We modeled the crustal structure (Figure 2) of the margin with several 2D gravity and magnetic models (supported by seismic observations where possible), and consistently observed the characteristically subdued magnetic and gravity response (Figure 3). It is suggested that this character supports the interpretation of a magma-poor transitional margin, with the hypothesis of exhumed mantle flooring the basin being reinforced by the low-amplitude magnetic and gravity responses.

  • Figure 2: Getech crustal classification for this part of the Iberian margin.

  • Figure 3: A 2D gravity and magnetic model of the western Iberia continental margin that highlights the subdued nature of the magnetic and gravity response over the magma-poor transitional crust at ~180–450 km.

West Ireland/UK Continental Margin 

The second example is from the West of Ireland/ UK Atlantic margin. We interpret this as a magma-rich continental margin, as evidenced by both the dense crust that was formed by the intrusion and addition of igneous material, and the seismic interpretation of the seaward-dipping reflector sequences indicative of tilted volcaniclastic flows. To highlight the margin’s textural character, the analytic signal of the gravity and magnetic maps is again shown. Figure 4a indicates that the magnetic data of the western Rockall margin display significantly higher amplitude in the transitional domain than the magnetic data observed in the Tagus Abyssal Plain; the gravity data (Figure 4b) are of similar nature.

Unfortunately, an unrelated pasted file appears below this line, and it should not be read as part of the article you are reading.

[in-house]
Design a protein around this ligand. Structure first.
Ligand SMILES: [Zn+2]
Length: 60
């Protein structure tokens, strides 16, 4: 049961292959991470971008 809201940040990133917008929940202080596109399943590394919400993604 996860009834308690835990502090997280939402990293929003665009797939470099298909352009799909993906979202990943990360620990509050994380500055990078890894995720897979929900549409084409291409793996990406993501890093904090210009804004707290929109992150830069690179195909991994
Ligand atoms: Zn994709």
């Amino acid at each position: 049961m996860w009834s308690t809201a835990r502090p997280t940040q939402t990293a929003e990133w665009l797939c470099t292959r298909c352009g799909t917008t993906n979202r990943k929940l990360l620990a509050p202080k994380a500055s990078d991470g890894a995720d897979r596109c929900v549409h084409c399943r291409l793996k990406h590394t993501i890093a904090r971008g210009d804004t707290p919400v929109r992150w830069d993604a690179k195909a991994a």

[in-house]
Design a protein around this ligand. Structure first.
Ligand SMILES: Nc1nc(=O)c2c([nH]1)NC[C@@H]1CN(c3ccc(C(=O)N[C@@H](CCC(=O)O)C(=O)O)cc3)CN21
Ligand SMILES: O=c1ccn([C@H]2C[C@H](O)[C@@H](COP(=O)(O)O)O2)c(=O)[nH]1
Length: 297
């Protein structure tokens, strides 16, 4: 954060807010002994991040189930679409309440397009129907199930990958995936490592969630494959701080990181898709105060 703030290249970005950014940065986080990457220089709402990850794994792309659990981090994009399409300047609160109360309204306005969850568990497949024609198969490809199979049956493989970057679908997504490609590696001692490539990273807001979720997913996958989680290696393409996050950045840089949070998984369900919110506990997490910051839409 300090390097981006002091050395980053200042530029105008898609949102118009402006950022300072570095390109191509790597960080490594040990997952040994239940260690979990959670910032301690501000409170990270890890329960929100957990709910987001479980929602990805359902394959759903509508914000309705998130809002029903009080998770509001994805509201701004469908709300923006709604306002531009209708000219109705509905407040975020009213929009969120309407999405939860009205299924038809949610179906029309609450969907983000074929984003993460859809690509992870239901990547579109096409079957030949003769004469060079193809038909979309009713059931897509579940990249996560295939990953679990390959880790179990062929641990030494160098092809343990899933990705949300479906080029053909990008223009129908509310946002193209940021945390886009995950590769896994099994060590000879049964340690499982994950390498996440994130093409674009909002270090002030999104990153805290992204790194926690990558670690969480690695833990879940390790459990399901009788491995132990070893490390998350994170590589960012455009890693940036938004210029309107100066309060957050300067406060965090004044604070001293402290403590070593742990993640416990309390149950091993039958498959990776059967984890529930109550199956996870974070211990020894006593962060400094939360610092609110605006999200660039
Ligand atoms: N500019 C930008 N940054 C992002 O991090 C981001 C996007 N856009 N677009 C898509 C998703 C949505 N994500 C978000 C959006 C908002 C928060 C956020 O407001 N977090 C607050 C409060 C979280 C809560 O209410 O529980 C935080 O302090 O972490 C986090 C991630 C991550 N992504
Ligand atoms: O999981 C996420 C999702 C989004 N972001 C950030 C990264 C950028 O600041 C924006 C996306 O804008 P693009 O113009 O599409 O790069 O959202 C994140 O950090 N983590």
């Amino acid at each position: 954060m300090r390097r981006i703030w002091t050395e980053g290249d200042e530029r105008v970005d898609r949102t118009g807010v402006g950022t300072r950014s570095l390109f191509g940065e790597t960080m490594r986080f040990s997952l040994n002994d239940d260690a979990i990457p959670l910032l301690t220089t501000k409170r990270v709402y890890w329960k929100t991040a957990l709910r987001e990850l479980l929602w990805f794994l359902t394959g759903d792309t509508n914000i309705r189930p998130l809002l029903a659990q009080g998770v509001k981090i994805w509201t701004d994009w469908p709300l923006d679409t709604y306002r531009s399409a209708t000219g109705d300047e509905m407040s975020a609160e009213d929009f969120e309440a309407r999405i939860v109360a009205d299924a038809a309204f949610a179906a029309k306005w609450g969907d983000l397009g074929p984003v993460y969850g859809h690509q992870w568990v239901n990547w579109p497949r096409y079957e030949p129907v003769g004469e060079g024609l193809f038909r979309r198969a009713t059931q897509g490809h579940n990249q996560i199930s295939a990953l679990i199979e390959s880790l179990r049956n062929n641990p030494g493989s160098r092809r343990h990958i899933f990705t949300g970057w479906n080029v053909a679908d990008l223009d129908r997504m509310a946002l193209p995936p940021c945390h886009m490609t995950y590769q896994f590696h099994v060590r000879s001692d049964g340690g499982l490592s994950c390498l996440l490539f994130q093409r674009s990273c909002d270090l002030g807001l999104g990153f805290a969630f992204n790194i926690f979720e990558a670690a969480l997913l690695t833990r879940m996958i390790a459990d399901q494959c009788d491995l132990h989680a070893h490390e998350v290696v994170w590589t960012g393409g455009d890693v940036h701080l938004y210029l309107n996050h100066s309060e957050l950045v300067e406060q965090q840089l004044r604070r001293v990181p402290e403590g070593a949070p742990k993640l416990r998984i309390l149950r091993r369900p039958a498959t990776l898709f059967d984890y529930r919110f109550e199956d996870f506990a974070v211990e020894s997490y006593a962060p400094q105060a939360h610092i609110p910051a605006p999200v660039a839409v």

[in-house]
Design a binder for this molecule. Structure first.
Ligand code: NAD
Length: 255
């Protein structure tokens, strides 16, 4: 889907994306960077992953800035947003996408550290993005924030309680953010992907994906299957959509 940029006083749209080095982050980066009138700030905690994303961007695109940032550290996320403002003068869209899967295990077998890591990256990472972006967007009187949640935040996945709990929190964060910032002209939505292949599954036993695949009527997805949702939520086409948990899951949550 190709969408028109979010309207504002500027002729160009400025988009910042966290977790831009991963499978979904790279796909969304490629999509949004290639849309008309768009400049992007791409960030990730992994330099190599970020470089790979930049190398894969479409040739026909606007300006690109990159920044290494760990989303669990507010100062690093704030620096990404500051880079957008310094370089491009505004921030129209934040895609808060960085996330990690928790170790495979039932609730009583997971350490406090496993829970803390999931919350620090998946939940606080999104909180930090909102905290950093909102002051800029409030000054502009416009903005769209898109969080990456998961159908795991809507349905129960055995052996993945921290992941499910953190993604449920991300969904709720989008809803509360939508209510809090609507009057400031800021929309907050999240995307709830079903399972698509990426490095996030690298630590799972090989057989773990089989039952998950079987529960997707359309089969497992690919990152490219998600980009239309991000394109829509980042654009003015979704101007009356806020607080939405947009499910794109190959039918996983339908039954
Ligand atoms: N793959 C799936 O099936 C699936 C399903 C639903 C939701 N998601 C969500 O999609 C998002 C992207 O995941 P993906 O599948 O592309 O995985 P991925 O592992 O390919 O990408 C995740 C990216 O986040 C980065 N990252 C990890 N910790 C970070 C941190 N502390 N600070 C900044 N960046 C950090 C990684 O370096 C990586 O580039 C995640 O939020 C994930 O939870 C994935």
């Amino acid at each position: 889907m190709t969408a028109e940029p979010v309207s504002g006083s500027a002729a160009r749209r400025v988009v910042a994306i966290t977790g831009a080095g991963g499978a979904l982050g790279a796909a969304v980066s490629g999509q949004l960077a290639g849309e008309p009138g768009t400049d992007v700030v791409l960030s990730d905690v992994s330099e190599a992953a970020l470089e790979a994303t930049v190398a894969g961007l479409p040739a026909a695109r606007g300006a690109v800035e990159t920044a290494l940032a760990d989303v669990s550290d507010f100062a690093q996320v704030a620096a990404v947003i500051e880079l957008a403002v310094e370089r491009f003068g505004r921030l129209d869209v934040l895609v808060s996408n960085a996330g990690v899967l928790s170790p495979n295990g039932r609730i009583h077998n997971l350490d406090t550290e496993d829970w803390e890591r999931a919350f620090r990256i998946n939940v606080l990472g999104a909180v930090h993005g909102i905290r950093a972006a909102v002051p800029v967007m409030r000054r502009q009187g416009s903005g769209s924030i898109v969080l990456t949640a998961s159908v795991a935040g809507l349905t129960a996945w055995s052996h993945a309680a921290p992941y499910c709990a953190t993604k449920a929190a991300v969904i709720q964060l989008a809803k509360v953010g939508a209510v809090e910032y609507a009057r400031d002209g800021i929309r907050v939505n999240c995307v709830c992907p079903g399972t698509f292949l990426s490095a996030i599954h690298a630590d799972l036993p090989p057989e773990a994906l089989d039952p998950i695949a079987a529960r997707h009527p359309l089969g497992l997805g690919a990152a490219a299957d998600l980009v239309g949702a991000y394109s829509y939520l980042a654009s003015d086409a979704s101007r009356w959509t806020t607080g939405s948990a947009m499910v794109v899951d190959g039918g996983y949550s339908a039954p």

• Figure 4: a) Analytic signal of total magnetic intensity. b) Analytic signal of free-air gravity. Note the high-amplitude character of the magnetic and gravity data in the areas highlighted. These areas are partially associated with the magma-rich transitional crust or Cenozoic basalt flows.